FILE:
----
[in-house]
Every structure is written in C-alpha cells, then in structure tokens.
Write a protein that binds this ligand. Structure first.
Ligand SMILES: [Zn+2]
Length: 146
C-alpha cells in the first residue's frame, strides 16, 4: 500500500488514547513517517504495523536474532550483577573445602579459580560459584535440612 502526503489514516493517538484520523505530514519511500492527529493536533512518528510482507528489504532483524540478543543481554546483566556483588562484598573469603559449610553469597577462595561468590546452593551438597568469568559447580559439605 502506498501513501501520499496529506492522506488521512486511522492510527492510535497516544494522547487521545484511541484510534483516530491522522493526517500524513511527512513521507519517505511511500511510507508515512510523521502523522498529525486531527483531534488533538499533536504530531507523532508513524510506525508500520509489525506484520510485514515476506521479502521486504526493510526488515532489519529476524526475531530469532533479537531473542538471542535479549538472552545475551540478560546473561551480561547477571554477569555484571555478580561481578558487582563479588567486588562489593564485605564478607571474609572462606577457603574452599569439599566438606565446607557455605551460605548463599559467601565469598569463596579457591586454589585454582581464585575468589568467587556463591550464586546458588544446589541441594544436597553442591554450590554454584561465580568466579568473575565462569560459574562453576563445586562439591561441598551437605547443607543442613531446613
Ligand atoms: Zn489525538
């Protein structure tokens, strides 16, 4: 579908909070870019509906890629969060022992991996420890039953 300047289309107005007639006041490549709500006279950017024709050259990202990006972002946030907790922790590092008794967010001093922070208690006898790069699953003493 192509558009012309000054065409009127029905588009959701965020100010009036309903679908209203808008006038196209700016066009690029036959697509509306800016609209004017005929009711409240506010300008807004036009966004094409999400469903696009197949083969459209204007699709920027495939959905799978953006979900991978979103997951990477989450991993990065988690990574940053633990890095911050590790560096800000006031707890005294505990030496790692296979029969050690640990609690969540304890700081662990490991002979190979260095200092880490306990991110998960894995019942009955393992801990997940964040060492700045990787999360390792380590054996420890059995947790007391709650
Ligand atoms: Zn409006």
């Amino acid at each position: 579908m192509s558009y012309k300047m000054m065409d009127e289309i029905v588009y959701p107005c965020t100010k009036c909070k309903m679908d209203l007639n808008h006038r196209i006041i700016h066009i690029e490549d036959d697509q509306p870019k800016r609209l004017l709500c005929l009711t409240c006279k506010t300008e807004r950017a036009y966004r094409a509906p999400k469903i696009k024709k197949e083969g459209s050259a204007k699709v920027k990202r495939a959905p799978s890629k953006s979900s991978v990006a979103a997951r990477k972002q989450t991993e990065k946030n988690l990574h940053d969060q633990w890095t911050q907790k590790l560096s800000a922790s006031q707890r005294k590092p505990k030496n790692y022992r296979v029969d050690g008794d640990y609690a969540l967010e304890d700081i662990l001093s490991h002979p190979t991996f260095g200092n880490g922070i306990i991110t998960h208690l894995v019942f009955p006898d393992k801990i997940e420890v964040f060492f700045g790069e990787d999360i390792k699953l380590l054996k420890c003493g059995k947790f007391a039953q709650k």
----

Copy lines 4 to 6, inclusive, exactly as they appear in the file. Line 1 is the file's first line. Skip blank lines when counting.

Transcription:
Ligand SMILES: [Zn+2]
Length: 146
C-alpha cells in the first residue's frame, strides 16, 4: 500500500488514547513517517504495523536474532550483577573445602579459580560459584535440612 502526503489514516493517538484520523505530514519511500492527529493536533512518528510482507528489504532483524540478543543481554546483566556483588562484598573469603559449610553469597577462595561468590546452593551438597568469568559447580559439605 502506498501513501501520499496529506492522506488521512486511522492510527492510535497516544494522547487521545484511541484510534483516530491522522493526517500524513511527512513521507519517505511511500511510507508515512510523521502523522498529525486531527483531534488533538499533536504530531507523532508513524510506525508500520509489525506484520510485514515476506521479502521486504526493510526488515532489519529476524526475531530469532533479537531473542538471542535479549538472552545475551540478560546473561551480561547477571554477569555484571555478580561481578558487582563479588567486588562489593564485605564478607571474609572462606577457603574452599569439599566438606565446607557455605551460605548463599559467601565469598569463596579457591586454589585454582581464585575468589568467587556463591550464586546458588544446589541441594544436597553442591554450590554454584561465580568466579568473575565462569560459574562453576563445586562439591561441598551437605547443607543442613531446613